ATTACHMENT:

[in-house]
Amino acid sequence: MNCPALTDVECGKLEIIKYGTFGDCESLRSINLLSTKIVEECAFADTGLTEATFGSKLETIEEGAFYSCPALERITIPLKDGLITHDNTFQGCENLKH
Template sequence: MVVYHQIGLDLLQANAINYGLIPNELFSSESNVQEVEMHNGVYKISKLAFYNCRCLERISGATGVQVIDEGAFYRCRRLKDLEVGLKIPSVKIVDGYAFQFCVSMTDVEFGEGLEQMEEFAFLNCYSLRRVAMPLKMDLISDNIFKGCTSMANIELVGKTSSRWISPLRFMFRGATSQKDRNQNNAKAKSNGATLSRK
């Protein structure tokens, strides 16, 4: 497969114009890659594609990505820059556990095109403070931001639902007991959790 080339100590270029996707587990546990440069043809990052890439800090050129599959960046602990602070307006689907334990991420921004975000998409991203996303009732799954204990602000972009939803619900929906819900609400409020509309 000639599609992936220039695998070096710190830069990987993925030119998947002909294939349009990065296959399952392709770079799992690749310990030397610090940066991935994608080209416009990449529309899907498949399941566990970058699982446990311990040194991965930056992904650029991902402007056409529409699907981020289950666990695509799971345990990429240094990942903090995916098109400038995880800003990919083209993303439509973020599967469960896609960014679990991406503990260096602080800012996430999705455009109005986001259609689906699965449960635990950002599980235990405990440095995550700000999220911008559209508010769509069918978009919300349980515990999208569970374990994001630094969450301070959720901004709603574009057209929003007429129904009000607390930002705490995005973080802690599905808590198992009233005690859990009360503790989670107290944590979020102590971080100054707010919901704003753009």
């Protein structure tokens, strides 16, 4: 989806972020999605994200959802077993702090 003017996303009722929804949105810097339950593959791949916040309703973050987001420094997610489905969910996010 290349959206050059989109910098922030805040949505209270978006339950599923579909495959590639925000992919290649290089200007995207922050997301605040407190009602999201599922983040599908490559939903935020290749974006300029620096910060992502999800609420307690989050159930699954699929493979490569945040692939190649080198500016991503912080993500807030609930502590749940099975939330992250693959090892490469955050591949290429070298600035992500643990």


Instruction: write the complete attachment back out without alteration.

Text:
[in-house]
Amino acid sequence: MNCPALTDVECGKLEIIKYGTFGDCESLRSINLLSTKIVEECAFADTGLTEATFGSKLETIEEGAFYSCPALERITIPLKDGLITHDNTFQGCENLKH
Template sequence: MVVYHQIGLDLLQANAINYGLIPNELFSSESNVQEVEMHNGVYKISKLAFYNCRCLERISGATGVQVIDEGAFYRCRRLKDLEVGLKIPSVKIVDGYAFQFCVSMTDVEFGEGLEQMEEFAFLNCYSLRRVAMPLKMDLISDNIFKGCTSMANIELVGKTSSRWISPLRFMFRGATSQKDRNQNNAKAKSNGATLSRK
């Protein structure tokens, strides 16, 4: 497969114009890659594609990505820059556990095109403070931001639902007991959790 080339100590270029996707587990546990440069043809990052890439800090050129599959960046602990602070307006689907334990991420921004975000998409991203996303009732799954204990602000972009939803619900929906819900609400409020509309 000639599609992936220039695998070096710190830069990987993925030119998947002909294939349009990065296959399952392709770079799992690749310990030397610090940066991935994608080209416009990449529309899907498949399941566990970058699982446990311990040194991965930056992904650029991902402007056409529409699907981020289950666990695509799971345990990429240094990942903090995916098109400038995880800003990919083209993303439509973020599967469960896609960014679990991406503990260096602080800012996430999705455009109005986001259609689906699965449960635990950002599980235990405990440095995550700000999220911008559209508010769509069918978009919300349980515990999208569970374990994001630094969450301070959720901004709603574009057209929003007429129904009000607390930002705490995005973080802690599905808590198992009233005690859990009360503790989670107290944590979020102590971080100054707010919901704003753009």
């Protein structure tokens, strides 16, 4: 989806972020999605994200959802077993702090 003017996303009722929804949105810097339950593959791949916040309703973050987001420094997610489905969910996010 290349959206050059989109910098922030805040949505209270978006339950599923579909495959590639925000992919290649290089200007995207922050997301605040407190009602999201599922983040599908490559939903935020290749974006300029620096910060992502999800609420307690989050159930699954699929493979490569945040692939190649080198500016991503912080993500807030609930502590749940099975939330992250693959090892490469955050591949290429070298600035992500643990």